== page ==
“I’m very happy with the support of my community,” Torre said. “I’m excited to get to work.”

The two forced a runoff after they failed to get more than 50 percent of the vote in the March 5 election. During that election, Mullins trailed Torre by 341 votes, with her getting 940 and him with 1,281.

Mullins currently is in the middle of her second term as a council member and will continue in that role. If she had been elected mayor, someone would have had to fill her vacancy either by appointment or another election.

With just around 6,000 registered voters in Aspen, the turnout for the April 2 election was 45 percent of the electorate.

Recent history shows that voter turnout decreases between 20 percent and 25 percent in Aspen’s runoff elections.

But in this April runoff election, it decreased roughly only 9 percent.

The March 5 election saw a record turnout with 3,243 people coming to the polls to elect two Aspen City Council members and a mayor and decide on the controversial Lift One development proposal at the base of Aspen Mountain.

Skippy Mesirow and Rachel Richards won seats on City Council, and Lift One passed by a narrow margin.

This was Torre’s sixth run at mayor in 18 years, and this time he was successful.

Torre also has served on City Council twice, with a total of eight years under his belt as an elected official in Aspen.

In the March 5 election, mayoral candidate Adam Frisch came in third with 838 and fourth place contender Cale Mitchell brought in 83 votes.

It’s unclear how many of those votes went to either runoff candidate, but Frisch threw his support toward Mullins in this last contest.

Throughout the campaigns for both elections, Torre raised just over $11,000 and Mullins inched over the $20,000 mark.

Glenwood Springs voters bulldoze street tax proposal at the ballot box

Glenwood Springs voters soundly rejected two ballot measures Tuesday that would have implemented a sales tax and bonding capacity to fix the city’s streets, more than 70 percent of which are in poor or failing condition.

Ballot Issue A, calling for a 3/4-cent sales tax increase, and Ballot Issue B, a $16 million bond authority proposal, both failed with 60 percent of the voters saying no, according to unofficial results of the city-wide election.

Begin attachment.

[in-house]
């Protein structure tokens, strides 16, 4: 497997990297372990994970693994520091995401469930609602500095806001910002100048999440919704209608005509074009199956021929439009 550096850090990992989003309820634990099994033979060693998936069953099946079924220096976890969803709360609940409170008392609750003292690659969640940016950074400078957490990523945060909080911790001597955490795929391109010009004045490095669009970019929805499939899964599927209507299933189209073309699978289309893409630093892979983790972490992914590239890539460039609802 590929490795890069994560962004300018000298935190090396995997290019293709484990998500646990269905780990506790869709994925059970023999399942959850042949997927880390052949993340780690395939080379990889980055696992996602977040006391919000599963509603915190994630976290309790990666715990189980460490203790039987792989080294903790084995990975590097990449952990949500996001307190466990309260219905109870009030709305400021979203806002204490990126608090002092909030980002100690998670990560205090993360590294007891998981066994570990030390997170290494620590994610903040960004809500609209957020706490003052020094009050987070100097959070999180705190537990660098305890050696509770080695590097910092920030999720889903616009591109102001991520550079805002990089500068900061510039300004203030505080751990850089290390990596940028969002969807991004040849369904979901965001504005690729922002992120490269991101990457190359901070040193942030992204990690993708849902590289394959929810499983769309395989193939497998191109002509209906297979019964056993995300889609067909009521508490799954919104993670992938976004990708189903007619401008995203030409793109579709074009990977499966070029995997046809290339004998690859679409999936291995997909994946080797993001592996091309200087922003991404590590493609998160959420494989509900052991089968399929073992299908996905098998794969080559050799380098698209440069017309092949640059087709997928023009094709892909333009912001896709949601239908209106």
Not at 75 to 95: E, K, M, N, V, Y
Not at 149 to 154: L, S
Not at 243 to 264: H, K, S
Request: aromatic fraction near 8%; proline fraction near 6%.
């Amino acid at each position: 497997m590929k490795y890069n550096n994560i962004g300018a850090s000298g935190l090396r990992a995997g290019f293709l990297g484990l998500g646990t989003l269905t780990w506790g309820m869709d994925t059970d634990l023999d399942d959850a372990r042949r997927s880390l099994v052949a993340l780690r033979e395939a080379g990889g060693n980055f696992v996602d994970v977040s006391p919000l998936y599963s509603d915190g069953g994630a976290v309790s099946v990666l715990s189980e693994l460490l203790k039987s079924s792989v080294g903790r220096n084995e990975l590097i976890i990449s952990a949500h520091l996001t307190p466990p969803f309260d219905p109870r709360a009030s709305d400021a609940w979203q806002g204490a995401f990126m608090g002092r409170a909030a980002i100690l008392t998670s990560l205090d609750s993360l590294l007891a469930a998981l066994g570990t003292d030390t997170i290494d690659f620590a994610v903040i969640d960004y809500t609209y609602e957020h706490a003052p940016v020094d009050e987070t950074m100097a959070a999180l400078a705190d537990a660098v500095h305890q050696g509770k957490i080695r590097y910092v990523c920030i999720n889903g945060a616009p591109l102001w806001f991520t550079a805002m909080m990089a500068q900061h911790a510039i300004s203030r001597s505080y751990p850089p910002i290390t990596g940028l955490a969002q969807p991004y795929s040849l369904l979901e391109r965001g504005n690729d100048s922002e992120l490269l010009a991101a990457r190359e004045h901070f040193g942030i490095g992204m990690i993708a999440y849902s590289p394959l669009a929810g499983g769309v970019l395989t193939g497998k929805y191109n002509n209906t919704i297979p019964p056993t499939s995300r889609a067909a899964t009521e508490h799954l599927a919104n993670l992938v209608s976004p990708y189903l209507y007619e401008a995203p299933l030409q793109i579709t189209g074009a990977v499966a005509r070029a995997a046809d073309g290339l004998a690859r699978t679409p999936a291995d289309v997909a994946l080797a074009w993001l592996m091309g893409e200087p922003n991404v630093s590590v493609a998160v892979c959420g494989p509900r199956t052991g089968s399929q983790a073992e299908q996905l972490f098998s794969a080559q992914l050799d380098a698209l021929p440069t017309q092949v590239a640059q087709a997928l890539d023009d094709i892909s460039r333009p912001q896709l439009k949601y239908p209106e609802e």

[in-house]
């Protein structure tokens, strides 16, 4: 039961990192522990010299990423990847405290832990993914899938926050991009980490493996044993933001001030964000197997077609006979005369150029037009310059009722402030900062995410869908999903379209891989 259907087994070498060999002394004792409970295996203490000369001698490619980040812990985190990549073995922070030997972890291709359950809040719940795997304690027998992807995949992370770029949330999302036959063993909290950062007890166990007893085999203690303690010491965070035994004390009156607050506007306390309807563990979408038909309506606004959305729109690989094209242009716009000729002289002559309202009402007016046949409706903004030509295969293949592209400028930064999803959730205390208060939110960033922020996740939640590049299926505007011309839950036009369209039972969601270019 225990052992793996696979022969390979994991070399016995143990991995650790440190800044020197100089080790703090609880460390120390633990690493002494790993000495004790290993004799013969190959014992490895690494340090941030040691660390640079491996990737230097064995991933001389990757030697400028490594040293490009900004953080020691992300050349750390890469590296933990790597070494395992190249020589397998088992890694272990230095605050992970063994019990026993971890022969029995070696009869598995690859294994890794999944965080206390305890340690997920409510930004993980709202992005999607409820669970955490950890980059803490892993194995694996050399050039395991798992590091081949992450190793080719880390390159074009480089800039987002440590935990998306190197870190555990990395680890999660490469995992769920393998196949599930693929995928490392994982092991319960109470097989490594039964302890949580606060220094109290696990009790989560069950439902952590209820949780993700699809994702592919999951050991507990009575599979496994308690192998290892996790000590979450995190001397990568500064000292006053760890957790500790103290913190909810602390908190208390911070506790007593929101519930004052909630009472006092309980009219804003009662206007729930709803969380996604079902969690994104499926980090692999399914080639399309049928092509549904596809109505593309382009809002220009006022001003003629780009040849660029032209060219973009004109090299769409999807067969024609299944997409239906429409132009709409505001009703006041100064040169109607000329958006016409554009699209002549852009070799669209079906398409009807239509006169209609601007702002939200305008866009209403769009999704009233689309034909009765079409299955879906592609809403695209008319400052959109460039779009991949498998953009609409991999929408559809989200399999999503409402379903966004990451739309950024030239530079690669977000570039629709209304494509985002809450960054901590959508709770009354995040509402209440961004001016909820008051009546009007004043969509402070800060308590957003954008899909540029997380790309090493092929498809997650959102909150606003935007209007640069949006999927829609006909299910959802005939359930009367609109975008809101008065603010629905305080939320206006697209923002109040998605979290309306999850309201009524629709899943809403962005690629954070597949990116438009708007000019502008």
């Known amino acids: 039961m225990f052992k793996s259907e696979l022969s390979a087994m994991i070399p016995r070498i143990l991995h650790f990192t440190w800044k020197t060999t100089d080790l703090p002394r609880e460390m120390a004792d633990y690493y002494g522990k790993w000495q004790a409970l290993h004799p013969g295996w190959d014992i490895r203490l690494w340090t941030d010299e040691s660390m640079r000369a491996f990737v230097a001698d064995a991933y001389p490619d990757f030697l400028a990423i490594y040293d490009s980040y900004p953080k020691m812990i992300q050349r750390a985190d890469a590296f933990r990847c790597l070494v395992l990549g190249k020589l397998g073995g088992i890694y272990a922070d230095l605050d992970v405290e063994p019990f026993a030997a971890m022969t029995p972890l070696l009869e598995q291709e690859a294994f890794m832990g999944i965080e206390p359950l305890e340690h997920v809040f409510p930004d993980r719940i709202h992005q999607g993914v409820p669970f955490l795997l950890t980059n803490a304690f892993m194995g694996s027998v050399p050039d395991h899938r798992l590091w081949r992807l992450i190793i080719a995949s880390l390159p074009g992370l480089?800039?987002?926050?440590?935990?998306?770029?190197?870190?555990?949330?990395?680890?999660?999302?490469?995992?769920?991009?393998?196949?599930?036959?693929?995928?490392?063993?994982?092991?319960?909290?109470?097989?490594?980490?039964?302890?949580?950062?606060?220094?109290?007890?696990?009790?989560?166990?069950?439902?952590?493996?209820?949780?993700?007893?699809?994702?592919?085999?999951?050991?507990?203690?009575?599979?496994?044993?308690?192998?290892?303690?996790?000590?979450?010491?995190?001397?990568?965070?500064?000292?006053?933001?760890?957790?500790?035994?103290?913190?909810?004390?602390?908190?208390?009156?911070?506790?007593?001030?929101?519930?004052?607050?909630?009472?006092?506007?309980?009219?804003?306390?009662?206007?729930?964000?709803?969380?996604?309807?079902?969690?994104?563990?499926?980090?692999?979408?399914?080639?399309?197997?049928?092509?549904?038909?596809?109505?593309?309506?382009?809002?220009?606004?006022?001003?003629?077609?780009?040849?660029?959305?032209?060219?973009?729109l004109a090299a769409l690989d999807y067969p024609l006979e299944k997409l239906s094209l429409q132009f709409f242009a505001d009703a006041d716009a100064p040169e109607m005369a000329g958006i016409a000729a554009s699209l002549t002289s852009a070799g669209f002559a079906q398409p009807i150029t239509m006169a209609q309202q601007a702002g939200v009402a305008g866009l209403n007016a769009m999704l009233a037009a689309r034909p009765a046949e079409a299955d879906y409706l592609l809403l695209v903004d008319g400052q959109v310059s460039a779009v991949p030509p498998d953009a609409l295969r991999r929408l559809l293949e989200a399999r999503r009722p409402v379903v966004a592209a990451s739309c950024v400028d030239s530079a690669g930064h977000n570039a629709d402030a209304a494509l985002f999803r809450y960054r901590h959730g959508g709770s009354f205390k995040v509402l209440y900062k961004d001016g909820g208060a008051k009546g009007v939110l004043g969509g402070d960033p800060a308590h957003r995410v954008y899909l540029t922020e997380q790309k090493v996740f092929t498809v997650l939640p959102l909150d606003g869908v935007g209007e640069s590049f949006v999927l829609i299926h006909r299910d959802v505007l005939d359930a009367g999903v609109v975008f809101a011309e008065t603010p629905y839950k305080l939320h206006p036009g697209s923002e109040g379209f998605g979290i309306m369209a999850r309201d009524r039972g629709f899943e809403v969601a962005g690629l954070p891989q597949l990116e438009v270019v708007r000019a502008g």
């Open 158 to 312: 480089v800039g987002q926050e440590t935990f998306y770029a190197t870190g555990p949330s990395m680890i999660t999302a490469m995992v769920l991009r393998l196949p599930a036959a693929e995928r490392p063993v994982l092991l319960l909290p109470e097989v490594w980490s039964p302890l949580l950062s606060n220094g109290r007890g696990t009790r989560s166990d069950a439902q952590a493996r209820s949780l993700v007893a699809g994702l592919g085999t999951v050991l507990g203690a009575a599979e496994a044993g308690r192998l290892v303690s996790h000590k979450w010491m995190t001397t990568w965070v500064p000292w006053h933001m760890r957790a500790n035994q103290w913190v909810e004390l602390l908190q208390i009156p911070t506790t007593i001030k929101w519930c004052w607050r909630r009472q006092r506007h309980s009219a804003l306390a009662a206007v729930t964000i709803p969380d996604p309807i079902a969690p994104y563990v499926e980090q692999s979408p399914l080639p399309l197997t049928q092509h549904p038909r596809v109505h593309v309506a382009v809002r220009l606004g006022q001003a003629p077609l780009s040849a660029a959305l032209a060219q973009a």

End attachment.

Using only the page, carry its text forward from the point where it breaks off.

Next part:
For the sales tax question, 2,195 votes were cast, and for the bonding issue, 1,189 votes were cast, according to the preliminary results. The city will release the official tally later in April.

The 3/4-cent increase in the city’s sales tax would have funded at least $56 million in road repairs and rebuilding over the next decade, according to City Council and proponents of the tax.

Ward 5 City Councilor Jonathan Godes, who also co-chaired the Fix Our Streets Now campaign committee that advocated for the tax, sees the ballot issue failure as a clear sign of the community’s priorities.

“Your checkbook is where your priorities are. The community has told us they don’t want a sales tax to fund infrastructure and road construction,” Godes said in an interview late Tuesday.

The sales tax was a controversial issue, with many city staff and a host of infrastructure experts advising that the roads needed a massive influx of cash to be repaired in the near future.

Opponents of the ballot measures argued that the ¾-cent sales tax increase, which would have brought the city’s total sales tax rate to 9.35 percent, would drive business away from Glenwood Springs, hurting both retailers serving the region for convenience shopping and the tourism industry.

The sales tax “gets a little more intense when you get up around 11 percent for a new refrigerator, stove, and some of those larger items,” former city councilman Ted Edmonds, who organized the Committee for Responsible Taxation to oppose the proposed sales tax, said during an Issues and Answers Forum in March.

The new tax, had it been approved, would have meant a sales tax of 10.85 percent at Glenwood Meadows businesses, where a separate public improvements fee, or PIF, is also assessed at places like Target, Lowe’s, Ulta, Vitamin Cottage, PetCo and the new Marshall’s store.

“If you really believe that having our sales tax be higher than any of our neighbors is not going to impact the business community in this town … I am going to have to disagree,” Edmonds said during the forum.

Edmonds did not return phone calls Tuesday evening requesting comment.

Godes said the street tax was the best solution put forward by the city staff, the Financial Advisory Board, the Transportation Commission and City Council to repair the road infrastructure.

A third party study found that 70 percent of the city’s streets are in poor or failing condition and need complete rebuilding, not just resurfacing, according to the election notice for the ballot issues.

As for the path to repair infrastructure going forward, “I think that’s up to the community,” he said.

“I guess, going forward, it’s not up to the city advisory board, the council, or the city to come up with something. It’s up to the community to come up with something,” he said.

Godes mentioned the alternative of a property tax increase measure in a few years, if there isn’t another solution found to fix the damaged roads.


Editor’s note: This article has been updated from a previous version. Councilor Jonathan Godes represents Ward 5, and mentioned proposing a property tax in two years, not four.